With one property increasingly uninhabitable, and another property only partially built and still awaiting permission, in 2010 Rose and the four children, today aged between 12 and 18, moved out to a rented property in Pavuna in the far North Zone of Rio. “I had to get another job at the weekend to be able to pay rent,” says Rose, who suffers from a herniated disk. “I had to rent somewhere to be able to put my kids in a safe house. The rent I was paying in Pavuna was R$600, but I could no longer afford that because I’m spending a lot on medicines. I’ve been staying with my mother [3 hours away] in Cabo Frio [a town up the coast from Rio de Janeiro] to not have to pay rent since April. The money I earn goes to medicines and I want to use any extra to build the house, except I’m not authorized.”

Last week, after nine years waiting, Tião and Rose were finally called in by city government. They were told they had two options: compensation for their house, which because of the size and unfinished condition they were told would be “very very low,” or an apartment in a distant housing project in Bangu, 3 hours away by public transit. This for the widening of a walkway in front of five other homes. “I explained to her that neither of us wants an apartment. He was born and raised here and has lived here 48 years. And we have a piece of land to share between us [the equivalent of two homes, where both of us can live near our children]. But this property doesn’t exist to them, even though I have the documents proving that I did everything right.” The small public housing unit would only house Rose and her children–Tião would be left with nothing.

The patronizing words from the City worker echo in her ears: “We know what’s best for you,” she was repeatedly told, with no further explanation given.

Having abided by all requests and procedures, living in uncertainty for years, the family now find themselves faced with expulsion from their community as minimal compensation rules out the possibility of buying a property in the increasingly valued favela where houses go for over R$100,000. While apartment buildings are being built within the community to resettle 118 evicted families, Rose and Tião, and many others, haven’t been given this opportunity.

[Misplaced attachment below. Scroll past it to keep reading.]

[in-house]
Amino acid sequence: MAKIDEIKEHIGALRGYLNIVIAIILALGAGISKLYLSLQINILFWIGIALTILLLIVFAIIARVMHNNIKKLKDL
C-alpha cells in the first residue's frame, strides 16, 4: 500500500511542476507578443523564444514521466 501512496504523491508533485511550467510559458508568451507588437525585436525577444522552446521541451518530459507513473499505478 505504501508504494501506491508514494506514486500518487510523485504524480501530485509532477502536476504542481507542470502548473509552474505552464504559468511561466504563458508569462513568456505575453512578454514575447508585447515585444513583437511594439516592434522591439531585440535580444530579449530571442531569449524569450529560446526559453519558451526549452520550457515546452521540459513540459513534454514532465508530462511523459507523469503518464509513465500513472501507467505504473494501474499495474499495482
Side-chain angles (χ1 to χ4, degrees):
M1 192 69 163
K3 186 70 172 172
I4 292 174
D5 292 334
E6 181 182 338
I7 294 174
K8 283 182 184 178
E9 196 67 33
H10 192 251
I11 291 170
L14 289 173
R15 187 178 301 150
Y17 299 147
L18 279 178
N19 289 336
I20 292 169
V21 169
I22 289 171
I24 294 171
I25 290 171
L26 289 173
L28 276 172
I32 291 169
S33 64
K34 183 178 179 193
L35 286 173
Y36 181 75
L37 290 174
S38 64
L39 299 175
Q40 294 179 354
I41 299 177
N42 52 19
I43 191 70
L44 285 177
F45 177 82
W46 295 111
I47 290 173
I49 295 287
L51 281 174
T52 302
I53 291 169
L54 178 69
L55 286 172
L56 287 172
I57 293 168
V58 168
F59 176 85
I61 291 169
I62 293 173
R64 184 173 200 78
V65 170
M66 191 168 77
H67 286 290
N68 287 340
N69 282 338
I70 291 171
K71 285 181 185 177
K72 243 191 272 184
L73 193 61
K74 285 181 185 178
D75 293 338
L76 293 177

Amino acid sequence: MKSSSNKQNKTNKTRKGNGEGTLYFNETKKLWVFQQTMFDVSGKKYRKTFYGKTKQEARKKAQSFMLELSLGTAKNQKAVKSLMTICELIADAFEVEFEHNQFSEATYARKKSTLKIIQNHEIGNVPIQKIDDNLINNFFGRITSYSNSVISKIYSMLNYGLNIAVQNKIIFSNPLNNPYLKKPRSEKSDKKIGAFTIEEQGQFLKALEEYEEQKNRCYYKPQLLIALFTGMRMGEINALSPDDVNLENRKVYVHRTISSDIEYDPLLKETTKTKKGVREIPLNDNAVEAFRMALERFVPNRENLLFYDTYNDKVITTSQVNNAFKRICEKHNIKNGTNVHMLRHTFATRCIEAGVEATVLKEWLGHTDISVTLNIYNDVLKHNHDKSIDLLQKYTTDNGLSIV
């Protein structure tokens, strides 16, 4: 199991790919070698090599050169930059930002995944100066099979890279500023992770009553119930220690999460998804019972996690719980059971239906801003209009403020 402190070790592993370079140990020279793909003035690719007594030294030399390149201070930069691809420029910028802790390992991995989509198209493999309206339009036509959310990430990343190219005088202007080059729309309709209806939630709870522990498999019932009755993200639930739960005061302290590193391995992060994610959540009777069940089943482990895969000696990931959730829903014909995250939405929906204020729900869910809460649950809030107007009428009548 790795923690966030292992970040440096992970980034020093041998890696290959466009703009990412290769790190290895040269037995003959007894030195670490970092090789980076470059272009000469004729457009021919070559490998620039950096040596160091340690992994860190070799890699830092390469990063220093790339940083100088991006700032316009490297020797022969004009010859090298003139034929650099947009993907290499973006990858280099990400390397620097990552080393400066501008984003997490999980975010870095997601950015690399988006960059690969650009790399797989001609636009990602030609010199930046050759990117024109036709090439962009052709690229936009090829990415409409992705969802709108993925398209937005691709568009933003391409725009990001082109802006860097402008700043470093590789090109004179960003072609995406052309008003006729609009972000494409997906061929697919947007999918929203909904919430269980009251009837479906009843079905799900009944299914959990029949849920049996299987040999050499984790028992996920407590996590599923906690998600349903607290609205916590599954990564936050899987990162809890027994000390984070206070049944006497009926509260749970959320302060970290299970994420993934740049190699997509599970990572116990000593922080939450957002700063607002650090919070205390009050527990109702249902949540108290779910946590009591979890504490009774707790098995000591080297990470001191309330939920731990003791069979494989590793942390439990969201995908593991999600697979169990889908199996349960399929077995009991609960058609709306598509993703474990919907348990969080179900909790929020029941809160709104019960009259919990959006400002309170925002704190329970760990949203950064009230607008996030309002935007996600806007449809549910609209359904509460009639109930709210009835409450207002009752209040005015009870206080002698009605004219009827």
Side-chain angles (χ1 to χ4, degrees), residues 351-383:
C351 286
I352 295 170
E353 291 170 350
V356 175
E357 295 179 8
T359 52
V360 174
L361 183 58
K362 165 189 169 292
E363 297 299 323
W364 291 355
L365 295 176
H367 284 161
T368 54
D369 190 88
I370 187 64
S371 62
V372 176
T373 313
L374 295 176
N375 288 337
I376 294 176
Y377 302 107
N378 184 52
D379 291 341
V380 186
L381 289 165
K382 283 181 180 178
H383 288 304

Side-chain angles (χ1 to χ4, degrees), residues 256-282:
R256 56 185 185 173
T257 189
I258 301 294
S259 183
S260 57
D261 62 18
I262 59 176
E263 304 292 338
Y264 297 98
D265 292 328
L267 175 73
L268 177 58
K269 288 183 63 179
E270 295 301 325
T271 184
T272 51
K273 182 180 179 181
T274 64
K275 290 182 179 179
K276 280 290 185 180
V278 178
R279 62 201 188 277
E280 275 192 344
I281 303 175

Rose laments that their determination to do everything in line with the authorities’ requests worked against them: “If we hadn’t obeyed the rules, we’d have a house. But we always sought to follow the rules and do what the authorities requested. Don’t build, wait and wait. I did everything within the law so that I wouldn’t lose it.” Had Tião built his own house while he was building many of his neighbors’, the family would either be permitted to stay or would be compensated better.

She goes on, “I set out to do everything correctly, and it turned out bad for me. I did everything right so as to avoid that thing you see on television about people in favelas doing everything illegally, that they don’t listen and don’t understand. We did everything in an organized way, and it went against us.”

“It’s very difficult. There’s no one to talk to. They call you in and tell you ‘it’s like this.’ It’s not right,” she says, desperate frustration etched in her expression and voice. “Personally, I’m not seeing anything here that’s getting in the city’s way. On the contrary, if the city wants to work here they can resolve the issue of the forest and square and do work of much more benefit than ripping out people’s homes and dumping them to live somewhere far away.”

“The only thing I want is to build my house.”